Open Access Te Herenga Waka-Victoria University of Wellington
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Simulation and Optimisation of a Two Degree of Freedom, Planar, Parallel Manipulator

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posted on 2021-11-11, 20:42 authored by Haughey, Ben

Development in pick-and-place robotic manipulators continues to grow as factory processes are streamlined. One configuration of these manipulators is the two degree of freedom, planar, parallel manipulator (2DOFPPM). A machine building company, RML Engineering Ltd., wishes to develop custom robotic manipulators that are optimised for individual pick-and-place applications. This thesis develops several tools to assist in the design process. The 2DOFPPM’s structure lends itself to fast and accurate translations in a single plane. However, the performance of the 2DOFPPM is highly dependent on its dimensions. The kinematics of the 2DOFPPM are explored and used to examine the reachable workspace of the manipulator. This method of analysis also gives insight into the relative speed and accuracy of the manipulator’s end-effector in the workspace. A simulation model of the 2DOFPPM has been developed in Matlab’s® SimMechanics®. This allows the detailed analysis of the manipulator’s dynamics. In order to provide meaningful input into the simulation model, a cubic spline trajectory planner is created. The algorithm uses an iterative approach of minimising the time between knots along the path, while ensuring the kinematic and dynamic limits of the motors and end-effector are abided by. The resulting trajectory can be considered near-minimum in terms of its cycle-time. The dimensions of the 2DOFPPM have a large effect on the performance of the manipulator. Four major dimensions are analysed to see the effect each has on the cycle-time over a standardised path. The dimensions are the proximal and distal arms, spacing of the motors and the height of the manipulator above the workspace. The solution space of all feasible combinations of these dimensions is produced revealing cycle-times with a large degree of variation over the same path. Several optimisation algorithms are applied to finding the manipulator configuration with the fastest cycle-time. A random restart hill-climber, stochastic hill-climber, simulated annealing and a genetic algorithm are developed. After each algorithm’s parameters are tuned, the genetic algorithm is shown to outperform the other techniques.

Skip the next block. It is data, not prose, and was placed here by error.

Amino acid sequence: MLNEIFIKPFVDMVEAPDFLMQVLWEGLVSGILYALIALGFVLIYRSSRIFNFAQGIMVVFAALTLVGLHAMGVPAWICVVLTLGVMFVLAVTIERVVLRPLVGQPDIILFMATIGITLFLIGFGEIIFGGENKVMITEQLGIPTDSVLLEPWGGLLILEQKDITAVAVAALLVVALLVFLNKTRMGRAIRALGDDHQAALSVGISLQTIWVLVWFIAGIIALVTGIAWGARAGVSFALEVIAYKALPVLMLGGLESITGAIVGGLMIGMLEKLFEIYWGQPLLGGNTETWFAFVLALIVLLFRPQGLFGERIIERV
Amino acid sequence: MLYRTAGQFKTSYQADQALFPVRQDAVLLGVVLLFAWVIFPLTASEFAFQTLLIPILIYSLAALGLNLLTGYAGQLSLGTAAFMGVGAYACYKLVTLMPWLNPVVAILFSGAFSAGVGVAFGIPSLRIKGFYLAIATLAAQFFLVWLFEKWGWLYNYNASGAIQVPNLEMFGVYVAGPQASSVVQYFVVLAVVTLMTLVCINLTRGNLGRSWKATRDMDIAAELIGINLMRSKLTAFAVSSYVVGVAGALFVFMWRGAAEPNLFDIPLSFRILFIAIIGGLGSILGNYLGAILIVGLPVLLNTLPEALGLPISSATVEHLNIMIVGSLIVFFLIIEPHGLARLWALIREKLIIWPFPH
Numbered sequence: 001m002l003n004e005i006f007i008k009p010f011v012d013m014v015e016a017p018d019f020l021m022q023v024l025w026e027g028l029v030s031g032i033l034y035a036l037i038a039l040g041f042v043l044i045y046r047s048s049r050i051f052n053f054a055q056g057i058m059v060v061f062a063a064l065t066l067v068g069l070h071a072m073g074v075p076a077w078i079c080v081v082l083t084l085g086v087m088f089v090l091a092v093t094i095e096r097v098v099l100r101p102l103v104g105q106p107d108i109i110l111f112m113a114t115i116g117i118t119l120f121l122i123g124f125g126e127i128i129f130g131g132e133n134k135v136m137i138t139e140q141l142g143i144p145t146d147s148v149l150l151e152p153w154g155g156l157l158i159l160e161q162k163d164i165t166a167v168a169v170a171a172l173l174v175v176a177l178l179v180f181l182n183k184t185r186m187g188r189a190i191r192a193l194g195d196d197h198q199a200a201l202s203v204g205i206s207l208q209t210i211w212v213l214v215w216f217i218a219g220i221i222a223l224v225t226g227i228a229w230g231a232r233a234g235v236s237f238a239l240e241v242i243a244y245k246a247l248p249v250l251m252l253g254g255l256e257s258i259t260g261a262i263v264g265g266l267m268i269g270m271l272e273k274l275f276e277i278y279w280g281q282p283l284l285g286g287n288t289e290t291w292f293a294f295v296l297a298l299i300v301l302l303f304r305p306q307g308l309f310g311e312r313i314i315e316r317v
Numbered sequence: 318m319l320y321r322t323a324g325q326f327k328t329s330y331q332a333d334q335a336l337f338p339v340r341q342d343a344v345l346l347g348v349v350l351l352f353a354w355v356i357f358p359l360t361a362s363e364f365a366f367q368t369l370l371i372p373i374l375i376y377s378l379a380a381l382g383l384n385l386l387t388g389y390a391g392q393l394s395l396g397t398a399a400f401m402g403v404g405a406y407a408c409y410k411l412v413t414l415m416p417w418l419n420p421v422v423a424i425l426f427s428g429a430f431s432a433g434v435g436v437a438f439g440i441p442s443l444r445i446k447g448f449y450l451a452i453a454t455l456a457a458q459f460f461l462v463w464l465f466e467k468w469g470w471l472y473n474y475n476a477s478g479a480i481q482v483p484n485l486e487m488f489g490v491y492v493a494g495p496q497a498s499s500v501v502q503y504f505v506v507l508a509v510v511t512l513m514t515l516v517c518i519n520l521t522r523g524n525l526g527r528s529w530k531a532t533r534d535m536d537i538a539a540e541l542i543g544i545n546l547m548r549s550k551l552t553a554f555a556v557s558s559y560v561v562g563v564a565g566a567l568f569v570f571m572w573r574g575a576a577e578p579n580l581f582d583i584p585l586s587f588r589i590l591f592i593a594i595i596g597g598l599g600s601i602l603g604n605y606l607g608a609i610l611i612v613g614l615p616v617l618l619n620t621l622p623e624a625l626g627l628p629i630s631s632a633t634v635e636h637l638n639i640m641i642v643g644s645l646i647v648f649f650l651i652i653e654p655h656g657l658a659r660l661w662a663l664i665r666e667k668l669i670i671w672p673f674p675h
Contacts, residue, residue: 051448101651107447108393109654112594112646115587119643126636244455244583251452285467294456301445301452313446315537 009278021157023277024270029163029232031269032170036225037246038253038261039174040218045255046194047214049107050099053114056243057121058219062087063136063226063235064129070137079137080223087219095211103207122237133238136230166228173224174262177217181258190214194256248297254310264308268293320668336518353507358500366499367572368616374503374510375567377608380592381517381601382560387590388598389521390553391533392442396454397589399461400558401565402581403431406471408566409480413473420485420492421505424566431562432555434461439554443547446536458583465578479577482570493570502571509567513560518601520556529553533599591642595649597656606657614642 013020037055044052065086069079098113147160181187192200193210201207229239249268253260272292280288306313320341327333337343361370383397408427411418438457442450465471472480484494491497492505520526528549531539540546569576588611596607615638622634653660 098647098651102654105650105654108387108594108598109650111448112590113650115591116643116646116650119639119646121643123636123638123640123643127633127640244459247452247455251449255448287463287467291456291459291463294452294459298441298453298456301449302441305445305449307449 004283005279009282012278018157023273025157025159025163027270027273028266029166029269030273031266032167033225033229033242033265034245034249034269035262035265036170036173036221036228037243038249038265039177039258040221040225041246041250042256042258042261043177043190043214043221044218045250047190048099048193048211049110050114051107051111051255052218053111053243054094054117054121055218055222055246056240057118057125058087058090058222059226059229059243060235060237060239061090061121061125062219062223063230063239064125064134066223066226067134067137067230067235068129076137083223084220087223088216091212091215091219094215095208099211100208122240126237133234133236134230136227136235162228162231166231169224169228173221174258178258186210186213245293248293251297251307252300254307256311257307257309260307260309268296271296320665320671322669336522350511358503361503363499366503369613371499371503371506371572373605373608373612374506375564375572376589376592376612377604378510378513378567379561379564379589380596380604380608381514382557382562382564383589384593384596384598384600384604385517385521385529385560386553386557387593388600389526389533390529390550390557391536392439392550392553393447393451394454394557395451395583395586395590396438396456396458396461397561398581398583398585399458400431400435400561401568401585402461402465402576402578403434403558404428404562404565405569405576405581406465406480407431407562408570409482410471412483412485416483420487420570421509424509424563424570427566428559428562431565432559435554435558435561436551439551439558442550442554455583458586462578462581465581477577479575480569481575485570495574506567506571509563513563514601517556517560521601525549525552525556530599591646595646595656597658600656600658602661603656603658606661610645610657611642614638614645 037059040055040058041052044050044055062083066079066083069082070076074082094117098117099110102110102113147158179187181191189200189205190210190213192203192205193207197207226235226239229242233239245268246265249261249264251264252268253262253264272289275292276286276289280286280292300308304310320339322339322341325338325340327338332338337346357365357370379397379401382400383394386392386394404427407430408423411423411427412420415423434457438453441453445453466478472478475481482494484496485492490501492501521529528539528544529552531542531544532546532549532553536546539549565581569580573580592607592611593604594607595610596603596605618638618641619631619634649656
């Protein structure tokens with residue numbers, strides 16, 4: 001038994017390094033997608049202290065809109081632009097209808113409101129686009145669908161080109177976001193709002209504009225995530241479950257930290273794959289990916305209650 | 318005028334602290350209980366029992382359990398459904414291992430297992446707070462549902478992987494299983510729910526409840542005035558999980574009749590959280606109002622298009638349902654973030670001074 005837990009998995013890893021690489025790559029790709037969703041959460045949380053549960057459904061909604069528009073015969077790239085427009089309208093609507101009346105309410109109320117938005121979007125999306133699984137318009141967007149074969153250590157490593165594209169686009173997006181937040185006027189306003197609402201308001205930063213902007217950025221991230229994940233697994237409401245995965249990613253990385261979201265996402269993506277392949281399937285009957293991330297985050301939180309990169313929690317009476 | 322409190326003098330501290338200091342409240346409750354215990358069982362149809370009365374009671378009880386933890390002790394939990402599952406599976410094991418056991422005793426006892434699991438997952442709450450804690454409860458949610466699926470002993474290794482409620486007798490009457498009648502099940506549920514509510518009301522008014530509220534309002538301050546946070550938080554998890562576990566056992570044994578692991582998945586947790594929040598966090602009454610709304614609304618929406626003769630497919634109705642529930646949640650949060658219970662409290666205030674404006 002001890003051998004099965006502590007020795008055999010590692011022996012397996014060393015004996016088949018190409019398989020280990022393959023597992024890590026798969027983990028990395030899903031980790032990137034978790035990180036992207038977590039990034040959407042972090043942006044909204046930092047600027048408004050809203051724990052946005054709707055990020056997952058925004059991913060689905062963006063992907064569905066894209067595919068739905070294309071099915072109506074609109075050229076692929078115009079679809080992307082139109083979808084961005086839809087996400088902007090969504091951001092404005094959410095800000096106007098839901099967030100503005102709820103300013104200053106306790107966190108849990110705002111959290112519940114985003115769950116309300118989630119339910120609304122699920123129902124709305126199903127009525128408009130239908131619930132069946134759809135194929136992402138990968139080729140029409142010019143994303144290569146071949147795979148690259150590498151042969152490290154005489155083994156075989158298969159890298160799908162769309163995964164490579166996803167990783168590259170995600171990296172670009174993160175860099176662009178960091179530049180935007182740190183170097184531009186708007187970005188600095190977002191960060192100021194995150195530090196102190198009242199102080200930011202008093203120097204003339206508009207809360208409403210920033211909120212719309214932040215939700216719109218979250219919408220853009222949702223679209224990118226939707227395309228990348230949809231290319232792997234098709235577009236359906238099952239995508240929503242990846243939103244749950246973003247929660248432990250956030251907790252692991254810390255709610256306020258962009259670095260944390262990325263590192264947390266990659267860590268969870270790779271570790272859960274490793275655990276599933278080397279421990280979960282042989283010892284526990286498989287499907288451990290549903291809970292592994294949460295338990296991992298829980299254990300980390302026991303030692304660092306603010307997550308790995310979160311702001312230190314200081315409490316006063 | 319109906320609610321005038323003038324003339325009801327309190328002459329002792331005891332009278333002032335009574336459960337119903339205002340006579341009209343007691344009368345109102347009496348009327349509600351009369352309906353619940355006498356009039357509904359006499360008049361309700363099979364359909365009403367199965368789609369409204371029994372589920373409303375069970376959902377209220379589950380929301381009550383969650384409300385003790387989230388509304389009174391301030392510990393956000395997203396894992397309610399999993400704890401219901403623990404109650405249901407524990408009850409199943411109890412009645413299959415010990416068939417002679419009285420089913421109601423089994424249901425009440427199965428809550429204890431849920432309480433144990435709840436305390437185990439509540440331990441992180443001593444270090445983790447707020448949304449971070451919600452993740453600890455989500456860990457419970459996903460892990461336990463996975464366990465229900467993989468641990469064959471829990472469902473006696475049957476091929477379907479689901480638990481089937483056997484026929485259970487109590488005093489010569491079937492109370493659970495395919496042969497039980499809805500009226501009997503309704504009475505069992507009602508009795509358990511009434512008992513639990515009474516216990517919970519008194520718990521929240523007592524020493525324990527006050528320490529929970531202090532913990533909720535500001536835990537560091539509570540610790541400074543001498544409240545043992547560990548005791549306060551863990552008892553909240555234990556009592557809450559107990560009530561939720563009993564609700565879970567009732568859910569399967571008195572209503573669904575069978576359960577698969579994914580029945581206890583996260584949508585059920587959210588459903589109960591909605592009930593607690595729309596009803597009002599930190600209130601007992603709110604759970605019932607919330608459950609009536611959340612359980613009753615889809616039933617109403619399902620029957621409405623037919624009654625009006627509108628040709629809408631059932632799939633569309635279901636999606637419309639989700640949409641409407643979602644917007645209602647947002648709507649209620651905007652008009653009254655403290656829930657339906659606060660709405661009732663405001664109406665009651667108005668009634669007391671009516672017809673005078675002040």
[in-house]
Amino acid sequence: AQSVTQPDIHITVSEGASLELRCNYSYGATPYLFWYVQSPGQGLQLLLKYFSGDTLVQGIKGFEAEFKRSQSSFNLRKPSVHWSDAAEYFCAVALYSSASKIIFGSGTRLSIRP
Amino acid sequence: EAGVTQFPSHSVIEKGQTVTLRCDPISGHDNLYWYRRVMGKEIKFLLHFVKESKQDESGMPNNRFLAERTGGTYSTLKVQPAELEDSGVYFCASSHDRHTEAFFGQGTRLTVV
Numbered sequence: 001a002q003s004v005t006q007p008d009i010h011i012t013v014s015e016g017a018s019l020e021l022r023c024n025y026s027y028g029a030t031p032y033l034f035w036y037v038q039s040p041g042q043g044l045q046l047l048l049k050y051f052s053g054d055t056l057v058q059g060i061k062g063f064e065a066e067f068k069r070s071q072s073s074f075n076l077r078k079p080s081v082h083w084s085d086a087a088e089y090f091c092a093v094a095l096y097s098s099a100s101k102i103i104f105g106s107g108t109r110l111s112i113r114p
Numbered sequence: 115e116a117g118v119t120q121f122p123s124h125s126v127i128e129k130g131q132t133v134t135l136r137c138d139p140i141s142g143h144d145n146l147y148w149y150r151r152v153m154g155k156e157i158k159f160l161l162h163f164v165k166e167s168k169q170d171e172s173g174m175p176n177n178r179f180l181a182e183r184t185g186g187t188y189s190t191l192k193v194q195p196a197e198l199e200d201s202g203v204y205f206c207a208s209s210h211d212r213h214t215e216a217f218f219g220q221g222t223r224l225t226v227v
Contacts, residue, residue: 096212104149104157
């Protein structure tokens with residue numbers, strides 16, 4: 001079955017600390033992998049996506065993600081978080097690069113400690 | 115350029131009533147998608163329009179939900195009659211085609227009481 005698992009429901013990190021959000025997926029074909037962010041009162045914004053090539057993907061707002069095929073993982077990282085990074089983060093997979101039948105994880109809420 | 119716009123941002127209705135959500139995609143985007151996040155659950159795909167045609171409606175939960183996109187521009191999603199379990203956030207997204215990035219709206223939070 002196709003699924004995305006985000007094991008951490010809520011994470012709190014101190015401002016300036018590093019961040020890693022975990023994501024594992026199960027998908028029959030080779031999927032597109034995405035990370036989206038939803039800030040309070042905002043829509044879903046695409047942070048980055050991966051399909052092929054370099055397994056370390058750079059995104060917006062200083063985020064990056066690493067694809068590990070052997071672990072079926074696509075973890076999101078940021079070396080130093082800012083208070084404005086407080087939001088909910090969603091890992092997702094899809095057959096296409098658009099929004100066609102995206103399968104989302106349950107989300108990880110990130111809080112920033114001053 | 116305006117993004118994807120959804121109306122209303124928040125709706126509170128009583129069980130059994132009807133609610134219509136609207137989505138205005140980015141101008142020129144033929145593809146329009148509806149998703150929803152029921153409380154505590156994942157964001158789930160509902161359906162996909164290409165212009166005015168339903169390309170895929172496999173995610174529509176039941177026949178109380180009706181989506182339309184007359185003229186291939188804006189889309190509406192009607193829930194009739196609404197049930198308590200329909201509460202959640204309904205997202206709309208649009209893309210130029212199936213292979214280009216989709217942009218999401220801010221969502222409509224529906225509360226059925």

Copyright Date


Date of Award



Te Herenga Waka—Victoria University of Wellington

Rights License

Author Retains Copyright

Degree Discipline

Electronic and Computer System Engineering

Degree Grantor

Te Herenga Waka—Victoria University of Wellington

Degree Level


Degree Name

Master of Engineering

Victoria University of Wellington Item Type

Awarded Research Masters Thesis



Victoria University of Wellington School

School of Engineering and Computer Science


Carnegie, Dale